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While J.K. Rowling might be forever thankful of the impact that Harry Potter has had on her life, there are a couple of elements of the series she wishes she could go back and change.
Anyone who's read Rowling's seven Harry Potter novels can tell that her writing improved over the course of the series. She knows it too, and she tells BBC News in a new interview that she wishes she had the freedom to go back and edit her books for the better.
"There were a couple of the Potters and I definitely knew that they needed another year," she says. "I had to write on the run and there were times when it was really tough, and I read them, and I think 'Oh God, maybe I'll go back and do a director's cut', I don't know. But you know what, I'm proud I was writing under the conditions under which I was writing, no one will ever know how tough it was at times."
Rowling's new book The Casual Vacancy comes out tomorrow, and it welcomes in a new era of Rowling's career. The Harry Potter novels are her only published work, and the new comic tragedy will be a big departure from that children's stories that made her a star. That's okay with Rowling, though, because that's the freedom that success has given her.
"Harry Potter truly liberated me in the sense that there's only one reason to write, for me -- if I genuinely have something I want to say, and I want to publish it," she says.
Speaking of that success, it turns out that the British author who is richer than the Queen of England is not quite as wealthy as she used to be. The New Zealand Herald is reporting that Rowling has given so much of her money away to charity that she no longer can be considered a billionaire. Rowling has invested much of her time when she's not writing to support the research and treatment of multiple sclerosis, improve child welfare, fight poverty and teach people to read.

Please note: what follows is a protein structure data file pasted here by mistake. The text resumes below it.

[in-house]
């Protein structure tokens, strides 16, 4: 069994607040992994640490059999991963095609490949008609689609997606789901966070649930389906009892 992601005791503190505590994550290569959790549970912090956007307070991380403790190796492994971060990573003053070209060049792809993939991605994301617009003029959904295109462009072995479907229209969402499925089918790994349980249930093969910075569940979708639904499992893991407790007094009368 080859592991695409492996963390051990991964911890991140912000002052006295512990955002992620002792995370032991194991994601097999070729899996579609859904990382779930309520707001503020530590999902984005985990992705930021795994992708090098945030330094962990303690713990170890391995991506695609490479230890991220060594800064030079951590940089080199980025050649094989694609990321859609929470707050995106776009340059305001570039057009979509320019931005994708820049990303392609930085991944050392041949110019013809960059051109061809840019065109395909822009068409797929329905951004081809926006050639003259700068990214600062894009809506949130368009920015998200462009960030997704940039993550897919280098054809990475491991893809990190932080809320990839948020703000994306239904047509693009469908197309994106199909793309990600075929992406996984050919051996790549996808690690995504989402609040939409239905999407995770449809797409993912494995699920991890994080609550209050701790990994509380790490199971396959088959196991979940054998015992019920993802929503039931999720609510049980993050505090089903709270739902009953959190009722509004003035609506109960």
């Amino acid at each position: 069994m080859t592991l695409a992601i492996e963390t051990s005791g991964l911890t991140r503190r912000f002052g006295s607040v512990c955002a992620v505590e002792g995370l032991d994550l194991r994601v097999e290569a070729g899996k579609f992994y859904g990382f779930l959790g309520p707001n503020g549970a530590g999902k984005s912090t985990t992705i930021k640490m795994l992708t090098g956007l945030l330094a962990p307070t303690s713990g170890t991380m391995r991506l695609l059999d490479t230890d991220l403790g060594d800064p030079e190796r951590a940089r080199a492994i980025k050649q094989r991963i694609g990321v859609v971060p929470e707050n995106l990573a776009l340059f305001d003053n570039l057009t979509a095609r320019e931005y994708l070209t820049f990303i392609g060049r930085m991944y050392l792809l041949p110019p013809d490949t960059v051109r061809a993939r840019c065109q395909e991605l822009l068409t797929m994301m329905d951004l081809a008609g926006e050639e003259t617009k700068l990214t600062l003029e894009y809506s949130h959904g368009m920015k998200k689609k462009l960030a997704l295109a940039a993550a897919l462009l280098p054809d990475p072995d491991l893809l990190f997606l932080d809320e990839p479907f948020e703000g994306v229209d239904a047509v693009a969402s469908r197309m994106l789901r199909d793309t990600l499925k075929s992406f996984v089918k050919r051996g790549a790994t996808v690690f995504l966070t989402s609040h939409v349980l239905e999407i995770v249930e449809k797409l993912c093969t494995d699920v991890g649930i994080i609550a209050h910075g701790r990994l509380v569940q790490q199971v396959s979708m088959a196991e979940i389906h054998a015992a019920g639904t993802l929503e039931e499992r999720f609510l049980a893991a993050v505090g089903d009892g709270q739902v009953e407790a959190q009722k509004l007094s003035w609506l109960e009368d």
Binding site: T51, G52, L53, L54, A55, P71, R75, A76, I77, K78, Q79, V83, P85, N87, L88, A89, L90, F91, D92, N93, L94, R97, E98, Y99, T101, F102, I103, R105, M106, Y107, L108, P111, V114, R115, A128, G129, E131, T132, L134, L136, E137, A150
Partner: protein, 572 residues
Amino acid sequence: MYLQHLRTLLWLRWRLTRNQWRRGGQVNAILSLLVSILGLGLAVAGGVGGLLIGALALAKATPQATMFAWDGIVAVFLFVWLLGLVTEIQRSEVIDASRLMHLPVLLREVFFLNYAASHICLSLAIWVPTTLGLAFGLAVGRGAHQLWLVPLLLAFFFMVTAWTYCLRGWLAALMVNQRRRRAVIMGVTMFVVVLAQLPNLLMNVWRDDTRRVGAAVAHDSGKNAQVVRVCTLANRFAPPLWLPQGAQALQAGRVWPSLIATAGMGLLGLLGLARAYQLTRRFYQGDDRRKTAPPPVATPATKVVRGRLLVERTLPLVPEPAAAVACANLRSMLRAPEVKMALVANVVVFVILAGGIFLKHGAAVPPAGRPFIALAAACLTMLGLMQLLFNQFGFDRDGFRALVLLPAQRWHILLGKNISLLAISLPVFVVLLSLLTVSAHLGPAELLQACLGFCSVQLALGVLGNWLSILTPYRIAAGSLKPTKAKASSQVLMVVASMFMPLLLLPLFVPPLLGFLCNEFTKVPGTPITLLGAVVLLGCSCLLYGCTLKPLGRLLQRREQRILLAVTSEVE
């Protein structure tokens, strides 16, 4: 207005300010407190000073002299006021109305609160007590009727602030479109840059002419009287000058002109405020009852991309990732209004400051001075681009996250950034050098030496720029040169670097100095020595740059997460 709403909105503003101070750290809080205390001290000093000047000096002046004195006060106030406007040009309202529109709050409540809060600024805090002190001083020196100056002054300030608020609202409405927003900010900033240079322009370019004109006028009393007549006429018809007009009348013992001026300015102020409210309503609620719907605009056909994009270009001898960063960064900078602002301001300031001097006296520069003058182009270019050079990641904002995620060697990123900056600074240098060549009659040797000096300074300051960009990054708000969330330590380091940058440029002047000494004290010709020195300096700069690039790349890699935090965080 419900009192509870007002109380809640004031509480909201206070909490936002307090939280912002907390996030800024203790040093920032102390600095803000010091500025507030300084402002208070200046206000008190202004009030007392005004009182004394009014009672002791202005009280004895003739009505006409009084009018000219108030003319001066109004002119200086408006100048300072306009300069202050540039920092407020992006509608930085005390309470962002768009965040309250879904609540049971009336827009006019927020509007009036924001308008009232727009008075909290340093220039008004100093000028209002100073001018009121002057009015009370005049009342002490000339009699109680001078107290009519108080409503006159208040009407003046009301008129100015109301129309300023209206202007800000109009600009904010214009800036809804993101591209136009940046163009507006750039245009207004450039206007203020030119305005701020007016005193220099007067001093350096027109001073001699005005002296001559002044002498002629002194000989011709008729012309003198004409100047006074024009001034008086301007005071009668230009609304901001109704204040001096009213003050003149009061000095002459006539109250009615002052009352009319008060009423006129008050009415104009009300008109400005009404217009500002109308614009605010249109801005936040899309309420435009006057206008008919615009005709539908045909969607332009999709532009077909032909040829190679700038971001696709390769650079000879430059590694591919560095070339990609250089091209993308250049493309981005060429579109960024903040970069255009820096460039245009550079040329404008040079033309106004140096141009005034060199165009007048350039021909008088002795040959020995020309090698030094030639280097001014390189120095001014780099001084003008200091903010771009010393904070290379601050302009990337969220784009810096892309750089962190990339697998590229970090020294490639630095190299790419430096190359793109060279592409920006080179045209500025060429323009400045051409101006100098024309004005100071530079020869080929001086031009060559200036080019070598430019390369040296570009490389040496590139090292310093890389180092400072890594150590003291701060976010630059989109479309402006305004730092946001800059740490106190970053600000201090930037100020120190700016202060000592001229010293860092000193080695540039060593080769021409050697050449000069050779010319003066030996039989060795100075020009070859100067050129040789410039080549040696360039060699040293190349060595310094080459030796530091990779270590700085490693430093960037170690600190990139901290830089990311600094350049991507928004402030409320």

In an interview with Good Morning America, Rowling says that doing these good things for the world is the least she can do after the success Potter gave her.
"[Harry Potter] cheered me up a lot. Harry Potter gave me back self respect, Harry gave me a job to do that I love more than anything else. So forget the money, let’s just say it had made just enough to justify continuing to write. It would’ve still cheered me up a huge amount," she says. "It was an amazing thing that happened."
She also teases that her political fairy tale that she's been working on for the past few years is close to completion.